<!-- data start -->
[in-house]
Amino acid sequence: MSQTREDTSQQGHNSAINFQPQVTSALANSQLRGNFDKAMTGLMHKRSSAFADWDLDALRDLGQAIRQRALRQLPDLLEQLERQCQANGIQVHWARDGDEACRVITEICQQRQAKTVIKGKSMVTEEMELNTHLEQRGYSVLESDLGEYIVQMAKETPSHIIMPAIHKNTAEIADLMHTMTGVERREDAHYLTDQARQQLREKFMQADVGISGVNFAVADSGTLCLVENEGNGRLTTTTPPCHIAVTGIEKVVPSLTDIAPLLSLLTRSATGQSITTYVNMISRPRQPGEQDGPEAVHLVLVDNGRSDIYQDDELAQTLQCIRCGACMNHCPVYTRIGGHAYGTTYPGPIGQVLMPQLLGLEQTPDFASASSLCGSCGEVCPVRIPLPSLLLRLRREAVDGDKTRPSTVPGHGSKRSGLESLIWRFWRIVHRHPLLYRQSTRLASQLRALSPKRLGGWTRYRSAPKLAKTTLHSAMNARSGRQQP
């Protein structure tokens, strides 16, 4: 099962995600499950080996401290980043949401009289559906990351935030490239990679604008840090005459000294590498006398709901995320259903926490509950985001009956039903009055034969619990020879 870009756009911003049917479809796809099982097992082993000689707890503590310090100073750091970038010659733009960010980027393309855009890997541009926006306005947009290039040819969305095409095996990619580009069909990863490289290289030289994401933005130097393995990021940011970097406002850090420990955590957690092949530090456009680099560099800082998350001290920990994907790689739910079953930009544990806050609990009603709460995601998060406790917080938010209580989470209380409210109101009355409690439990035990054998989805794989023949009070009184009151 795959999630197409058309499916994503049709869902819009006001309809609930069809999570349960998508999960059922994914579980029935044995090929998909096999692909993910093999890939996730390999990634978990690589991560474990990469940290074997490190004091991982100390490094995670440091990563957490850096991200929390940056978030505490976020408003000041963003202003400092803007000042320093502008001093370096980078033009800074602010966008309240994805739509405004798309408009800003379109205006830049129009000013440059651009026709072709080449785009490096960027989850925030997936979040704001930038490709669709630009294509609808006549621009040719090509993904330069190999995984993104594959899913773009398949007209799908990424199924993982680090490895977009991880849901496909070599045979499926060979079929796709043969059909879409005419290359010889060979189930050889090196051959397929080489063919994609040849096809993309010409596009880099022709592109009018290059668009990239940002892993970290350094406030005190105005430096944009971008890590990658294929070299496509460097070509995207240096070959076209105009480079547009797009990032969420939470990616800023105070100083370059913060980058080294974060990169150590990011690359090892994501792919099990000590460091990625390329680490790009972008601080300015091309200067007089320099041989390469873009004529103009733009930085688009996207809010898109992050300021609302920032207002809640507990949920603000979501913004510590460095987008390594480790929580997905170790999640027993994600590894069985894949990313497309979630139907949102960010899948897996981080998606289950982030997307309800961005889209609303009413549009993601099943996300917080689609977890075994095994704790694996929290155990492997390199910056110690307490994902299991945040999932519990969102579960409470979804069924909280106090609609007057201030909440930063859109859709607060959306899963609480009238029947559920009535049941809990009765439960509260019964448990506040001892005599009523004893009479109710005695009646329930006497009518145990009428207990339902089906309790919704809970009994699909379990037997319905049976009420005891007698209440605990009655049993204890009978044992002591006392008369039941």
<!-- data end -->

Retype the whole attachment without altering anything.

[in-house]
Amino acid sequence: MSQTREDTSQQGHNSAINFQPQVTSALANSQLRGNFDKAMTGLMHKRSSAFADWDLDALRDLGQAIRQRALRQLPDLLEQLERQCQANGIQVHWARDGDEACRVITEICQQRQAKTVIKGKSMVTEEMELNTHLEQRGYSVLESDLGEYIVQMAKETPSHIIMPAIHKNTAEIADLMHTMTGVERREDAHYLTDQARQQLREKFMQADVGISGVNFAVADSGTLCLVENEGNGRLTTTTPPCHIAVTGIEKVVPSLTDIAPLLSLLTRSATGQSITTYVNMISRPRQPGEQDGPEAVHLVLVDNGRSDIYQDDELAQTLQCIRCGACMNHCPVYTRIGGHAYGTTYPGPIGQVLMPQLLGLEQTPDFASASSLCGSCGEVCPVRIPLPSLLLRLRREAVDGDKTRPSTVPGHGSKRSGLESLIWRFWRIVHRHPLLYRQSTRLASQLRALSPKRLGGWTRYRSAPKLAKTTLHSAMNARSGRQQP
């Protein structure tokens, strides 16, 4: 099962995600499950080996401290980043949401009289559906990351935030490239990679604008840090005459000294590498006398709901995320259903926490509950985001009956039903009055034969619990020879 870009756009911003049917479809796809099982097992082993000689707890503590310090100073750091970038010659733009960010980027393309855009890997541009926006306005947009290039040819969305095409095996990619580009069909990863490289290289030289994401933005130097393995990021940011970097406002850090420990955590957690092949530090456009680099560099800082998350001290920990994907790689739910079953930009544990806050609990009603709460995601998060406790917080938010209580989470209380409210109101009355409690439990035990054998989805794989023949009070009184009151 795959999630197409058309499916994503049709869902819009006001309809609930069809999570349960998508999960059922994914579980029935044995090929998909096999692909993910093999890939996730390999990634978990690589991560474990990469940290074997490190004091991982100390490094995670440091990563957490850096991200929390940056978030505490976020408003000041963003202003400092803007000042320093502008001093370096980078033009800074602010966008309240994805739509405004798309408009800003379109205006830049129009000013440059651009026709072709080449785009490096960027989850925030997936979040704001930038490709669709630009294509609808006549621009040719090509993904330069190999995984993104594959899913773009398949007209799908990424199924993982680090490895977009991880849901496909070599045979499926060979079929796709043969059909879409005419290359010889060979189930050889090196051959397929080489063919994609040849096809993309010409596009880099022709592109009018290059668009990239940002892993970290350094406030005190105005430096944009971008890590990658294929070299496509460097070509995207240096070959076209105009480079547009797009990032969420939470990616800023105070100083370059913060980058080294974060990169150590990011690359090892994501792919099990000590460091990625390329680490790009972008601080300015091309200067007089320099041989390469873009004529103009733009930085688009996207809010898109992050300021609302920032207002809640507990949920603000979501913004510590460095987008390594480790929580997905170790999640027993994600590894069985894949990313497309979630139907949102960010899948897996981080998606289950982030997307309800961005889209609303009413549009993601099943996300917080689609977890075994095994704790694996929290155990492997390199910056110690307490994902299991945040999932519990969102579960409470979804069924909280106090609609007057201030909440930063859109859709607060959306899963609480009238029947559920009535049941809990009765439960509260019964448990506040001892005599009523004893009479109710005695009646329930006497009518145990009428207990339902089906309790919704809970009994699909379990037997319905049976009420005891007698209440605990009655049993204890009978044992002591006392008369039941």